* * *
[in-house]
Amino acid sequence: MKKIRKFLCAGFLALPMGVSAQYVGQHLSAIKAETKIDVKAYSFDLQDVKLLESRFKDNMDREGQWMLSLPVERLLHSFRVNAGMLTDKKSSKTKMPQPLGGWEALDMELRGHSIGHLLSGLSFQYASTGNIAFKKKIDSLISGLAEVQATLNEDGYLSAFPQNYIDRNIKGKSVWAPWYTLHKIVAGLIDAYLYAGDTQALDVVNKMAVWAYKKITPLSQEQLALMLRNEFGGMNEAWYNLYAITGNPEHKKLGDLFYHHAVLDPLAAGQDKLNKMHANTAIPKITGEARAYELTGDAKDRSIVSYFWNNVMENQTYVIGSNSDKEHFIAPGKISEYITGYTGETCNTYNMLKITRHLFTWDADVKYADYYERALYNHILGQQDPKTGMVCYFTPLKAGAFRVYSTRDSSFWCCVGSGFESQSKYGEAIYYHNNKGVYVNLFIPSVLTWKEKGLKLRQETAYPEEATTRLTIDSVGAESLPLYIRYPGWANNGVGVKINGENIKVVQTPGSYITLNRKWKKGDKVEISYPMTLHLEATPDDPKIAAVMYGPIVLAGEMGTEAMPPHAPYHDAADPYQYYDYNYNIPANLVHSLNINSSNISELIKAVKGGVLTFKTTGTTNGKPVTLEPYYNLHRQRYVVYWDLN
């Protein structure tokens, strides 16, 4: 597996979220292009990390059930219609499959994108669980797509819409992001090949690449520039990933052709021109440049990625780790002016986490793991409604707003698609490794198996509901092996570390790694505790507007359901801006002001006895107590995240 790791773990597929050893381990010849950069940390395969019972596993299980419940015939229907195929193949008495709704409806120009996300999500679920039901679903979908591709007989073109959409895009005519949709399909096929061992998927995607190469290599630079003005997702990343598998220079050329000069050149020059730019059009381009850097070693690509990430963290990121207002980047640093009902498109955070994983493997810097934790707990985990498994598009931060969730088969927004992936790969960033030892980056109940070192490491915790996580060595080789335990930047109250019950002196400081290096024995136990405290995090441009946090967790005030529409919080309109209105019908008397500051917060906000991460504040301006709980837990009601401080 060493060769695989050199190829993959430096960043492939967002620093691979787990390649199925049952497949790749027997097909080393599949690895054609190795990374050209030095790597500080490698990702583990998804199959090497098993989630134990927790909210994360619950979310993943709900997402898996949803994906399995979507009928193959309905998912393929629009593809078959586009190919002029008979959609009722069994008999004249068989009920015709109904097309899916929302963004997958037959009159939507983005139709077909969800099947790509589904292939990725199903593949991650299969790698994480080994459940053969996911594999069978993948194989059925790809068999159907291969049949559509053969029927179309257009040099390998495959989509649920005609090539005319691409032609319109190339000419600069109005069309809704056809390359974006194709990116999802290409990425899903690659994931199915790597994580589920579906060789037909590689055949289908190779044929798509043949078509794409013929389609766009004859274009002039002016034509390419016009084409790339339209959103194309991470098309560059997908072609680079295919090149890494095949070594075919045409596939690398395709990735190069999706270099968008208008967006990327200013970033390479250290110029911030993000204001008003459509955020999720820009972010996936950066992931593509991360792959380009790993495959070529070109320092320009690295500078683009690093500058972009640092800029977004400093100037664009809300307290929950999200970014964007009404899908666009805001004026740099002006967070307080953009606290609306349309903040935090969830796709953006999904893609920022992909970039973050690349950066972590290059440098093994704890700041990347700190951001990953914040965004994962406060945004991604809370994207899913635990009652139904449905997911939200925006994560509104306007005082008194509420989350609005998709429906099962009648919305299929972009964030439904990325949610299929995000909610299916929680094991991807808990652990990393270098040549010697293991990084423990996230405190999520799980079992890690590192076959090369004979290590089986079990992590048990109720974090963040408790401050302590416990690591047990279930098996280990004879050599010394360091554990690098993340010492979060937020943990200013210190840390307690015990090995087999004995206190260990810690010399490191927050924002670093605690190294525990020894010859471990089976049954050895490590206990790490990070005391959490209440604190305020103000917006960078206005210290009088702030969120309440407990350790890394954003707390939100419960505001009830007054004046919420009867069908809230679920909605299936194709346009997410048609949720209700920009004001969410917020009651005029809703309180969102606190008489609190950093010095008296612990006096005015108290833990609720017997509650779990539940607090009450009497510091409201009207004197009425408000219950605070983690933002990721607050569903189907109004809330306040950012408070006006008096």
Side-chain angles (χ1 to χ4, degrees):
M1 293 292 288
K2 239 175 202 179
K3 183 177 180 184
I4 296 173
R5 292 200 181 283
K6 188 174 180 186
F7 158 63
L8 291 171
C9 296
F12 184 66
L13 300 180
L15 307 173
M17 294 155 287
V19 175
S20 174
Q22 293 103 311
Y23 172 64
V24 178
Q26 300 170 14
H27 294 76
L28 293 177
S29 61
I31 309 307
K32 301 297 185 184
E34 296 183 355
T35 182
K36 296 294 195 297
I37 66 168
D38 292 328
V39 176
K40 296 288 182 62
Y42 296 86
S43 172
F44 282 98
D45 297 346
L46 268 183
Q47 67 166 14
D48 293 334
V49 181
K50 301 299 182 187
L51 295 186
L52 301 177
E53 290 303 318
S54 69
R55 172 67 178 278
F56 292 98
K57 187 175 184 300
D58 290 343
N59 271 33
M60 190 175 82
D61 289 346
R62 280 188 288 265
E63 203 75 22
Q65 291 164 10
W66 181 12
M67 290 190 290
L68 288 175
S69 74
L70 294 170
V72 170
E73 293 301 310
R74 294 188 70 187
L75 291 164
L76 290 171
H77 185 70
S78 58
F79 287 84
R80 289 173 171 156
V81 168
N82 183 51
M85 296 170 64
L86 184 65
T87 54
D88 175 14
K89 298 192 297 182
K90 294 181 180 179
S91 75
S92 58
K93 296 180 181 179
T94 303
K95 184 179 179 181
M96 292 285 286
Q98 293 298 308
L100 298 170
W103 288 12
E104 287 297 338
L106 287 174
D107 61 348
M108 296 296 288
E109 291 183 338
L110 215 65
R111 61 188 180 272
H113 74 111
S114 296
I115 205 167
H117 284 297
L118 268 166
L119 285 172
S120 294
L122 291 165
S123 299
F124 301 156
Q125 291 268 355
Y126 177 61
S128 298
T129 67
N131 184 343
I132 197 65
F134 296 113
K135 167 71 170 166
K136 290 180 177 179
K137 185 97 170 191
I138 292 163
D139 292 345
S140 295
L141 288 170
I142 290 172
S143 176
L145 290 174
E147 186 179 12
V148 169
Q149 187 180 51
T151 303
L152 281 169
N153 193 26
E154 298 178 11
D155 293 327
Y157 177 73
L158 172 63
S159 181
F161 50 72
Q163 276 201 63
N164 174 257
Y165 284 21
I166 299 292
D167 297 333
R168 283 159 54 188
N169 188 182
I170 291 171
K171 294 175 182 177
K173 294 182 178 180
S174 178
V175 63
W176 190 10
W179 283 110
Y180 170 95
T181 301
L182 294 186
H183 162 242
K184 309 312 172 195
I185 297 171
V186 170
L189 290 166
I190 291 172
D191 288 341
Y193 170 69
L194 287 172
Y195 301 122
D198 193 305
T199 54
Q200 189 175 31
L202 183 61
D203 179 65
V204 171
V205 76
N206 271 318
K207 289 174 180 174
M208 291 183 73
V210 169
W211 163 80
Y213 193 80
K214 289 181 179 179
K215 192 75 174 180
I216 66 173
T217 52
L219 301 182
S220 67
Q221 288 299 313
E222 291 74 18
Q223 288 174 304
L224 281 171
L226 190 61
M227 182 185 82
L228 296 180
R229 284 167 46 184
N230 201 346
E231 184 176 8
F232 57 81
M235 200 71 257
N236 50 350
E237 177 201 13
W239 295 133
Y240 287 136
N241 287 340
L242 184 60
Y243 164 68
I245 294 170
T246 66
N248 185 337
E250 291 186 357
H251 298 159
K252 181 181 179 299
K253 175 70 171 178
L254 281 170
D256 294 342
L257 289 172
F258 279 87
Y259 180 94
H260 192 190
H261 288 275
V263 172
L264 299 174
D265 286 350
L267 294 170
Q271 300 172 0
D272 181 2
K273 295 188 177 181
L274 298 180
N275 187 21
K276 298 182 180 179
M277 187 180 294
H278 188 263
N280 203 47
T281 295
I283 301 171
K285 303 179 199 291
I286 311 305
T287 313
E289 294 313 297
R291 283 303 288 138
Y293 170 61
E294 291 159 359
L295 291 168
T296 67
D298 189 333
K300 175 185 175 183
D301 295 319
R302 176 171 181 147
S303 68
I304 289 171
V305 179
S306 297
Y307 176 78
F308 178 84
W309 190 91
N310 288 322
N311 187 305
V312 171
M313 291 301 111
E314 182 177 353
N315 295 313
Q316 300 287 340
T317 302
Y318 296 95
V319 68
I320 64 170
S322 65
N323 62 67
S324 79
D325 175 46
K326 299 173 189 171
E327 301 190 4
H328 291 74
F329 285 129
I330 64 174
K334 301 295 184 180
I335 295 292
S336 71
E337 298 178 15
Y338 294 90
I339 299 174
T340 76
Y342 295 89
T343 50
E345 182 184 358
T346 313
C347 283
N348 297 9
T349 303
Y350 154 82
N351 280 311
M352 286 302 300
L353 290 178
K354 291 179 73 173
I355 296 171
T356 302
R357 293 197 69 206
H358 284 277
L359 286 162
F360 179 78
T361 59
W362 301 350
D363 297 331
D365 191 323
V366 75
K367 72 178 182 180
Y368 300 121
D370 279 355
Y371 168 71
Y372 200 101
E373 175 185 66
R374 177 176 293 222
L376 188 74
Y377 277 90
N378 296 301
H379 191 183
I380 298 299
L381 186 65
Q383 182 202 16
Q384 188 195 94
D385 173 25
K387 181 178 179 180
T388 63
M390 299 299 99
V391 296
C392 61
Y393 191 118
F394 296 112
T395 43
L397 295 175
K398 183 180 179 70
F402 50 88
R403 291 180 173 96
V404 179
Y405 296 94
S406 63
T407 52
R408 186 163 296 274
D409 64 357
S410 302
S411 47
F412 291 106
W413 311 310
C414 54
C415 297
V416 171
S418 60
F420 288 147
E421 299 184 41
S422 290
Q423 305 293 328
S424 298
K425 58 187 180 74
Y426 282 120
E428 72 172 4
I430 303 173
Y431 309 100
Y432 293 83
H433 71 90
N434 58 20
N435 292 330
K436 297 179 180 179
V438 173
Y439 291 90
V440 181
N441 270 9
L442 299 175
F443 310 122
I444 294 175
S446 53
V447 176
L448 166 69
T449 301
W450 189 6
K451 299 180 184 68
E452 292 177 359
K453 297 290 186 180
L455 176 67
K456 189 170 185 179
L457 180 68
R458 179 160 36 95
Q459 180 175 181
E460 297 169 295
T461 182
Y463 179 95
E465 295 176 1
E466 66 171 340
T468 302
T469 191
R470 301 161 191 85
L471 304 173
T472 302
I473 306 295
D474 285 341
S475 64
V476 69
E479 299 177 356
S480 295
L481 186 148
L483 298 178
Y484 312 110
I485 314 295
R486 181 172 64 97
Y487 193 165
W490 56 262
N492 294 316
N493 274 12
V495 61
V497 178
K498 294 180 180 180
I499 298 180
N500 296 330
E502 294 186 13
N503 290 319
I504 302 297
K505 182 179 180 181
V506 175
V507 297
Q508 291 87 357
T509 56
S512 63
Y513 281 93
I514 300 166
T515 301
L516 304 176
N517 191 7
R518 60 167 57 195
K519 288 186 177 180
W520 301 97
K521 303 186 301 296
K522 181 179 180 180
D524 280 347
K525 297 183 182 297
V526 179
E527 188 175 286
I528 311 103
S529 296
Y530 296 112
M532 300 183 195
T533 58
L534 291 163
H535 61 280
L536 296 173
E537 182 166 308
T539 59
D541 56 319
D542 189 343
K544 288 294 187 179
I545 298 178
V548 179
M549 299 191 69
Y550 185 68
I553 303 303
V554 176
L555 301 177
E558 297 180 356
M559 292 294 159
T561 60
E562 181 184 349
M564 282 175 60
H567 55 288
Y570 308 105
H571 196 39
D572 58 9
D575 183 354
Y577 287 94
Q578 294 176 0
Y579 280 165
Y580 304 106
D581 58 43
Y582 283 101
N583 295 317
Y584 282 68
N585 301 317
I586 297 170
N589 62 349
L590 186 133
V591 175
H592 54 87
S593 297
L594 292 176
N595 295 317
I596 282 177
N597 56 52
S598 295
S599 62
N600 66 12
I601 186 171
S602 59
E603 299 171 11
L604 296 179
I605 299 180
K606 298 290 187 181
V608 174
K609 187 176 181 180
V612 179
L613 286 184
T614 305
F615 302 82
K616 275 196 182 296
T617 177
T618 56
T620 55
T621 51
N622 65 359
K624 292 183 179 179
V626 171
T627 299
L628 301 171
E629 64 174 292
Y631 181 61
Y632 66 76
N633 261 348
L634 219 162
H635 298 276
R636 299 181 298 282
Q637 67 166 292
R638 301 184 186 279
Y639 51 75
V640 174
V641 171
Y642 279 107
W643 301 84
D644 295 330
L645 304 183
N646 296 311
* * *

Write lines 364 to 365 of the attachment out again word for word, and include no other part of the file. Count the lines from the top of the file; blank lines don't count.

S446 53
V447 176